This all happened Saturday, so I’ve been processing everything over the past few days.  I have mixed emotions.  I miss him. But I am also definitely enjoying the peace that’s returned to the house almost immediately after he left.  He’s been calling me almost every day to tell me about things.  It’s actually kind of nice to hear from him like that, instead of the dynamic we had when he was living here (basically, it was me daily trying to force him to do what he was supposed to do…i.e. be responsible, work, go to school, tell the truth, respect his sisters, etc plus him coming and going at odd hours interrupting sleep and such).

There’s much I could say about all this….Here, I want to talk about a parenting dynamic where alcohol is concerned.  It’s something I kind of always knew, but didn’t really “get” until now:

Having to make my very young adult son (age 20) move out of the house for the good of himself and the family…I had to dish out tough love, and it was absolutely gut wrenching.  When I put him on the train with his bags, I felt like my heart was completely broken and heavy. All of the base-level instincts of motherhood called me to bring him closer in a time of trouble, not send him off.

BUT…I absolutely KNEW I was doing the right thing (well, the most right thing given the choices I have at this time anyway).  If he is going to learn the lessons he needs to learn, whether it be now, or in the coming years…he won’t learn them by me enabling him and padding the natural consequences of his own choices.  I ultimately don’t control how he makes his decisions in adulthood…but I still have the responsibility as his mother to guide him, love him, hold him accountable, and when appropriate to let go.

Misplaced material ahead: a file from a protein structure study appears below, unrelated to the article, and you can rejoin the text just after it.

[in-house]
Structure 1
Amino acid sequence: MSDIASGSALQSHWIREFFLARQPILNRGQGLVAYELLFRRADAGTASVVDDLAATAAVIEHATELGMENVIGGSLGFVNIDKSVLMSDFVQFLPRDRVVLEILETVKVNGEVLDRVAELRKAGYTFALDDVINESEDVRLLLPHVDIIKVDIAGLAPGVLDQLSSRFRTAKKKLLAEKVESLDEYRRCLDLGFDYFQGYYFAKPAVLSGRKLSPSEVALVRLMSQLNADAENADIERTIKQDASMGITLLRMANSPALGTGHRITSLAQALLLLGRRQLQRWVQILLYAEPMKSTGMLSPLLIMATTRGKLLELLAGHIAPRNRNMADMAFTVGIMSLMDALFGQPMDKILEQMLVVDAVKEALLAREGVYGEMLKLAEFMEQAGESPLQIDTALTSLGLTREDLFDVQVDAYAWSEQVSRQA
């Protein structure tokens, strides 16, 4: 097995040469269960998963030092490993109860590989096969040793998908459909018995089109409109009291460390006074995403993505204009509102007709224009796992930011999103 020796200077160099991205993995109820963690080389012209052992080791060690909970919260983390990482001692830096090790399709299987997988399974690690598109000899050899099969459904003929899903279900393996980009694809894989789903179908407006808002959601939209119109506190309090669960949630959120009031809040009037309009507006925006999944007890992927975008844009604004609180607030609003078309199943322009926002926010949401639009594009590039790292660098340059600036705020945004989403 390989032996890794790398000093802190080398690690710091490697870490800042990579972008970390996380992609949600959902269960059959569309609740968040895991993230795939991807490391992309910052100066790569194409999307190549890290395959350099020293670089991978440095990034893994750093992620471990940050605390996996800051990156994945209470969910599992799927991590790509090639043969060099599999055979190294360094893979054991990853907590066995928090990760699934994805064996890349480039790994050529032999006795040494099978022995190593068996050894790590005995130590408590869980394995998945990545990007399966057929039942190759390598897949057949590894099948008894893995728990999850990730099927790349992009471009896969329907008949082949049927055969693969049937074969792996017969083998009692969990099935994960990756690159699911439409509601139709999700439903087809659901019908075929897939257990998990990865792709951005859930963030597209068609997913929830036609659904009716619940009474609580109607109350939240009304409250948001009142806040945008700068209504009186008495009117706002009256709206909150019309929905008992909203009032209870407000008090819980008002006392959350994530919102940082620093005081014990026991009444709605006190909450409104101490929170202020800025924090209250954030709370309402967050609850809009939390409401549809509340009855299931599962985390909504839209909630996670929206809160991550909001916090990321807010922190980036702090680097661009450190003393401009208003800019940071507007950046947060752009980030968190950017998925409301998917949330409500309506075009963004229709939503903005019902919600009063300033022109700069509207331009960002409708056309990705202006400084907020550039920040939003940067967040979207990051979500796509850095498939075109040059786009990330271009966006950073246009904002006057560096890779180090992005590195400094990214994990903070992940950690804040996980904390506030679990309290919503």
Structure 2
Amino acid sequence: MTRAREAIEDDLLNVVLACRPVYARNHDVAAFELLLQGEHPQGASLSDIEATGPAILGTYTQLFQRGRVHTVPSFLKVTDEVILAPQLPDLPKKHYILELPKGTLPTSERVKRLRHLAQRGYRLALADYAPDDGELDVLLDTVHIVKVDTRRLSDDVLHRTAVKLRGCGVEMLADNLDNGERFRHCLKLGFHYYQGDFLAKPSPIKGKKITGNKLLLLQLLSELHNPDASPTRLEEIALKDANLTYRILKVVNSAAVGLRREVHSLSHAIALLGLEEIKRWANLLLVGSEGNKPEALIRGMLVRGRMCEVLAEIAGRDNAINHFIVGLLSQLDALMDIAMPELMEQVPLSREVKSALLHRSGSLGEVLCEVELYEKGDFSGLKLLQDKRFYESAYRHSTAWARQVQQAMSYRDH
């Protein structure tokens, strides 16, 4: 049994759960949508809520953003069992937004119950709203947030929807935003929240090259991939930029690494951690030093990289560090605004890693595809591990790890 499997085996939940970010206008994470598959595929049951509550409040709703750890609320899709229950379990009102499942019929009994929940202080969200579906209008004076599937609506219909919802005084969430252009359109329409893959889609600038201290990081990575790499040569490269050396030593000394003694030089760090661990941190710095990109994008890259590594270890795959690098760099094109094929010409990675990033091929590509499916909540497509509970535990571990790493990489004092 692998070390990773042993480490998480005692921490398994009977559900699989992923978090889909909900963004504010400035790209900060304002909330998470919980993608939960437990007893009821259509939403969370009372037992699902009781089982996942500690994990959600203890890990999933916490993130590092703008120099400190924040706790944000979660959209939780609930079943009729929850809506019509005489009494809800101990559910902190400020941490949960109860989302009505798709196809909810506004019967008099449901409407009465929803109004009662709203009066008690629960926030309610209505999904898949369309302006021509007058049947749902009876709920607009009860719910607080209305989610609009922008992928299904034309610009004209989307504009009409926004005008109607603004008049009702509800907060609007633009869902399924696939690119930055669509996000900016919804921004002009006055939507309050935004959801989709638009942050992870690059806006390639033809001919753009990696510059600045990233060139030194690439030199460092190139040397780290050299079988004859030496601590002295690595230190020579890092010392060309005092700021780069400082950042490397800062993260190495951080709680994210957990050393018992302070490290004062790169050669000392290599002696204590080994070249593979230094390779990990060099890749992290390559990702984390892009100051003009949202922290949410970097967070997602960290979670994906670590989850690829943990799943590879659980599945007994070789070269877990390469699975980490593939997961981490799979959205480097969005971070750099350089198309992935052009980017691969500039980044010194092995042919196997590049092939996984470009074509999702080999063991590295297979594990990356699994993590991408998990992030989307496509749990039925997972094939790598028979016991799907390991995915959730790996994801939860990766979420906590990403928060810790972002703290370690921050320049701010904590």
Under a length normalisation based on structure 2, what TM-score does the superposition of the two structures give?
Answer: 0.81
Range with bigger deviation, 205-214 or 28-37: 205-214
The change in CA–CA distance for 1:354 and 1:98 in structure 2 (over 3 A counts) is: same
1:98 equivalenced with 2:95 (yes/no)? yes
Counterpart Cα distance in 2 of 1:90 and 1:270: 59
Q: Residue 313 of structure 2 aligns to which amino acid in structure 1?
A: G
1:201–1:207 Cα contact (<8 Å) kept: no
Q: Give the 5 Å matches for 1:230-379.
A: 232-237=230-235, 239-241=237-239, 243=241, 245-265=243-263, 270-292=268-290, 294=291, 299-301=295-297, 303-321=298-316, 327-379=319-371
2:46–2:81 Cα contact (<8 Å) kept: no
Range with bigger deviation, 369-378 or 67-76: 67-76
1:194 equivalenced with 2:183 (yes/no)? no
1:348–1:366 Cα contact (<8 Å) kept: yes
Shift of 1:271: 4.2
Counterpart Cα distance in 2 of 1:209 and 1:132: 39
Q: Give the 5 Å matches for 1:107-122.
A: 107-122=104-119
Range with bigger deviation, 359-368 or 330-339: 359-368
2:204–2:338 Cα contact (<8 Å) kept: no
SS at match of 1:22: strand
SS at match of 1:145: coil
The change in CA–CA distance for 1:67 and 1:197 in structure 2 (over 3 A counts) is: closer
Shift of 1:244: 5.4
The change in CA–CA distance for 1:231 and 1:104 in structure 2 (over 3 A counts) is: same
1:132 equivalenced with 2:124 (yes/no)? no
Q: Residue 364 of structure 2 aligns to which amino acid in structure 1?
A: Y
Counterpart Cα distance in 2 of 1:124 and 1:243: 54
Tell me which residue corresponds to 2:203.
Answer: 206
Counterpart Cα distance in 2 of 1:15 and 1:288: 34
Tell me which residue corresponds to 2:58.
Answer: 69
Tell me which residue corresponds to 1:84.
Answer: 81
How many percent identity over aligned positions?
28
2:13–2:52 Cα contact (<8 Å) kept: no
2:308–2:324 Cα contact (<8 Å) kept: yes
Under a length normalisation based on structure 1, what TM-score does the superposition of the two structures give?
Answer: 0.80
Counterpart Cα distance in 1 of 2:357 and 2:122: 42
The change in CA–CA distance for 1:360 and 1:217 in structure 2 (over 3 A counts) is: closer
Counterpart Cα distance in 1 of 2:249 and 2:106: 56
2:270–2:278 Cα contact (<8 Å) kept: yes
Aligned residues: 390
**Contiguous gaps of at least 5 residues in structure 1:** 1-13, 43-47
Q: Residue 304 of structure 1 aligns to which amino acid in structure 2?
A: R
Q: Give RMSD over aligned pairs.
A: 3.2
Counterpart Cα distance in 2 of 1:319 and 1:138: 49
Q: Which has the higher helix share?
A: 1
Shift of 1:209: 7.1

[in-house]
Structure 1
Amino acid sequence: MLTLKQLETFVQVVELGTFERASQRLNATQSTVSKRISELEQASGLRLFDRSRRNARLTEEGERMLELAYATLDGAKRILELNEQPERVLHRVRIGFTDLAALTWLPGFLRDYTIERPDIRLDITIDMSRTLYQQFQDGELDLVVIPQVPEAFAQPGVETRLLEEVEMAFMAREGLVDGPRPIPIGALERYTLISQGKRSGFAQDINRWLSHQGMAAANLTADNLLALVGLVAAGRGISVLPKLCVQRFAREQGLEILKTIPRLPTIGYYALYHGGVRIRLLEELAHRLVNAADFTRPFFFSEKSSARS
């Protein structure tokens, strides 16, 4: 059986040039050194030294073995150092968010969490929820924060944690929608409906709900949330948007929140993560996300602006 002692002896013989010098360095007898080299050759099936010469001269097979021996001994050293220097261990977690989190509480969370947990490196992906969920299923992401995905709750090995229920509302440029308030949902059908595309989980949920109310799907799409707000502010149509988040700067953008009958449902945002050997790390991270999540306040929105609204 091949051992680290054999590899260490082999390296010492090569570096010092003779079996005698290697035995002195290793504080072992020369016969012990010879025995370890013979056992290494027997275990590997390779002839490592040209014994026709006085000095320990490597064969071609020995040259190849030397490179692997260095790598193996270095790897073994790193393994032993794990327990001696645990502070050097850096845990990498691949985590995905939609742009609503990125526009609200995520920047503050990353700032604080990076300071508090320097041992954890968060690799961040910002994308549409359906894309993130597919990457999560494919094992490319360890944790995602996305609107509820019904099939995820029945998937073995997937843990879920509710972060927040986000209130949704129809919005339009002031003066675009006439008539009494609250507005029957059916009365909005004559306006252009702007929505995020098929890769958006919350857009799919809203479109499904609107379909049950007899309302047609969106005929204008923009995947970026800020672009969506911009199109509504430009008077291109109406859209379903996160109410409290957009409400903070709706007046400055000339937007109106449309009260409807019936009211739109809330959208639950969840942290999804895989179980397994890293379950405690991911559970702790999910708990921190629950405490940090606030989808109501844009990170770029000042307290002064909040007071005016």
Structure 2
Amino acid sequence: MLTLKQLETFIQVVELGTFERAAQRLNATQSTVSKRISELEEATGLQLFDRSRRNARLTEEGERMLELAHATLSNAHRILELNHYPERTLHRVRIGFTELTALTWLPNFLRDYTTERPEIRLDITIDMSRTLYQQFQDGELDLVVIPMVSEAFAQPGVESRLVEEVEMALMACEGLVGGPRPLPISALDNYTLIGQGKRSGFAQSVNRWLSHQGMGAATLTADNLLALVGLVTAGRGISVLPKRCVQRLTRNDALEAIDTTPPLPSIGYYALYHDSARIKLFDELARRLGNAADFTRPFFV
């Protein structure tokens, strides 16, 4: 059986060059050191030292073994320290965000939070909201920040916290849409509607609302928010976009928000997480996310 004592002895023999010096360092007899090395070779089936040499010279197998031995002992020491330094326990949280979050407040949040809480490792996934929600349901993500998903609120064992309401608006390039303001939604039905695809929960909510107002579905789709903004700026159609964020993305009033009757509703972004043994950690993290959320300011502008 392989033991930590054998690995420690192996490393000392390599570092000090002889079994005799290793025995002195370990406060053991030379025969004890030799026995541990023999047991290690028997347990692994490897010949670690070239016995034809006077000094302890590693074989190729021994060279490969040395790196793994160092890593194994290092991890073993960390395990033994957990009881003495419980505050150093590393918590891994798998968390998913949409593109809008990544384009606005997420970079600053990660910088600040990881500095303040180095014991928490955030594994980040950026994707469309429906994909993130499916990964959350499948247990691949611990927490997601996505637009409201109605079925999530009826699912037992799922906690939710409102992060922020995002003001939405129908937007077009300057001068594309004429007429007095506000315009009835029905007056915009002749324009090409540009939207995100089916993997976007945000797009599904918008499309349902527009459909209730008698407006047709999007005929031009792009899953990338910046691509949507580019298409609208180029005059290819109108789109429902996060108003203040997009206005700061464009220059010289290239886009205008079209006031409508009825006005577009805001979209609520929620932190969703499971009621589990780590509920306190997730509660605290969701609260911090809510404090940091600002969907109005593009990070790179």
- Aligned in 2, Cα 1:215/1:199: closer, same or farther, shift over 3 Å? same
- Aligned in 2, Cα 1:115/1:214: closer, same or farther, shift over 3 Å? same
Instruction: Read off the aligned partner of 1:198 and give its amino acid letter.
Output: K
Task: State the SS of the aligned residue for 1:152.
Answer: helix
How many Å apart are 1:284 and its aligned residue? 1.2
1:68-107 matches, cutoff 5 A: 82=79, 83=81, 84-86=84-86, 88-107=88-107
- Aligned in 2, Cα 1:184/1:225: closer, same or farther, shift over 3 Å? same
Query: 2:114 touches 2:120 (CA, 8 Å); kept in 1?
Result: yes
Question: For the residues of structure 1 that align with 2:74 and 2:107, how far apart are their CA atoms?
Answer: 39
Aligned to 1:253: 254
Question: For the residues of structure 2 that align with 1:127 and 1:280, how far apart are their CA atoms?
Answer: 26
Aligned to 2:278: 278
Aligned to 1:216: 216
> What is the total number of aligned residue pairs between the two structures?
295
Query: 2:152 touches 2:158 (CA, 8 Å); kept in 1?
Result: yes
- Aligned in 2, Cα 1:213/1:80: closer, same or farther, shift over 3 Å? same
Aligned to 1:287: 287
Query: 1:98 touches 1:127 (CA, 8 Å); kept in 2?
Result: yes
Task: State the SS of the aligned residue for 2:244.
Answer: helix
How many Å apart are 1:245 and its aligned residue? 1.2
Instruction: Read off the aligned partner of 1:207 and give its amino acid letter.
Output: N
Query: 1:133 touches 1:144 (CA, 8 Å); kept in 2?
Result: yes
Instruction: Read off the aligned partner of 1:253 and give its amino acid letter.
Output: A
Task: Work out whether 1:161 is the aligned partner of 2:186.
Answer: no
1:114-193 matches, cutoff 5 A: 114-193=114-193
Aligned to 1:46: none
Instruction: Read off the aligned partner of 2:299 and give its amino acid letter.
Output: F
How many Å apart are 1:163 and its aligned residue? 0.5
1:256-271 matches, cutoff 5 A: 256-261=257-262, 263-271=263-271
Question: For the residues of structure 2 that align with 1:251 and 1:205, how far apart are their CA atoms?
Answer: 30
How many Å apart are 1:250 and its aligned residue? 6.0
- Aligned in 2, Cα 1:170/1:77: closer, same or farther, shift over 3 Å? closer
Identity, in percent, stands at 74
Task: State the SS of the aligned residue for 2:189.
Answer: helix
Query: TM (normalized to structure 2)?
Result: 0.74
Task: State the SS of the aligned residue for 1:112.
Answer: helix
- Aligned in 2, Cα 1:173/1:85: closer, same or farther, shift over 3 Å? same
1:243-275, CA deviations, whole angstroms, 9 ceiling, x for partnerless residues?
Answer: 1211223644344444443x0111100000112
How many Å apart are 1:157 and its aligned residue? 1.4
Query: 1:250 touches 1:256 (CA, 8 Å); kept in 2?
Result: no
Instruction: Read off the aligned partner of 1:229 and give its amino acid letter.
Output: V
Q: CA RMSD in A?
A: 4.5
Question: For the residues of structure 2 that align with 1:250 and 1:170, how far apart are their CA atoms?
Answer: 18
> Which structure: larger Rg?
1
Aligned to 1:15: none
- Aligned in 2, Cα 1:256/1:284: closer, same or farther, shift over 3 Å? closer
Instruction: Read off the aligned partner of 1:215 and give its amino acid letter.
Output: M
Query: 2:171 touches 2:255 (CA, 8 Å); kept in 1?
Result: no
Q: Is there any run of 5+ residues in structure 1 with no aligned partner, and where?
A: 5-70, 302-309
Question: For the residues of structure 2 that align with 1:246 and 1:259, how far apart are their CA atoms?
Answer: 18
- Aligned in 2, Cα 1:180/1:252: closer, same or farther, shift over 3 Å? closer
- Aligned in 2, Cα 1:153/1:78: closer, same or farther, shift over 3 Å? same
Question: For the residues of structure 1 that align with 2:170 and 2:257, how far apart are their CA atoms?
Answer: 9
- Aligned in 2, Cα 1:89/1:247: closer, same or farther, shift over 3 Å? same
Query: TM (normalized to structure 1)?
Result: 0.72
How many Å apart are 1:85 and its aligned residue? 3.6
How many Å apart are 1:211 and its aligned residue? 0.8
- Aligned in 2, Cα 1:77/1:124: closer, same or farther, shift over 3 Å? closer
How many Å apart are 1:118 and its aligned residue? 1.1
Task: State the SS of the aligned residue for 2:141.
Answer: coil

And here’s the important part as it relates to drinking:  IF I WERE STILL DRINKING WINE EVERY NIGHT, I WOULD HAVE BEEN GUIDED (twisted) BY THE TREMENDOUS GUILT AND ACCOMPANYING DRIVE TO “MAKE IT UP TO MY KIDS”THAT SHROUDED MY ENTIRE LIFE IN THE LAST FEW YEARS OF DRINKING…I would have never, ever, sent him off, because I was always feeling so guilty about my drinking (I wasn’t acutely always aware of this then) that I couldn’t make a decision that involved this kind of sacrifice, and furthermore, when I drank, I didn’t have the deep awareness and clarity that I have now to truly separate my own emotions from knowing what is “best” for my kids as I make decisions that affect them….Not only was I able to make this decision and execute on it…I was also able to talk to him, and his sisters openly about what we are doing and why.

He left peacefully…we took him to the train station, and waited there with him. We said our goodbyes, hugged, and even cried.

My daughter that lives at home was feeling guilty because she “wanted” him to leave.  I have taken full responsibility for the decision I made and at the same time I told her that it’s okay to have mixed feelings.  We’ve talked a lot about setting boundaries…about how all families have challenges…how we can navigate this as a family…about acceptance…about handling a difficult situation without tending to self-destruct or sabotage our own lives, etc.

Today, it actually brings me peace to know that in quitting drinking and undertaking all of this growth that I have in sobriety, that I can be my authentic self in the sense that my motherhood has always been an important part of my own identity, and drinking took me away from that.

I think I like who I am becoming.  And I am becoming okay with who I already am too.

Jenn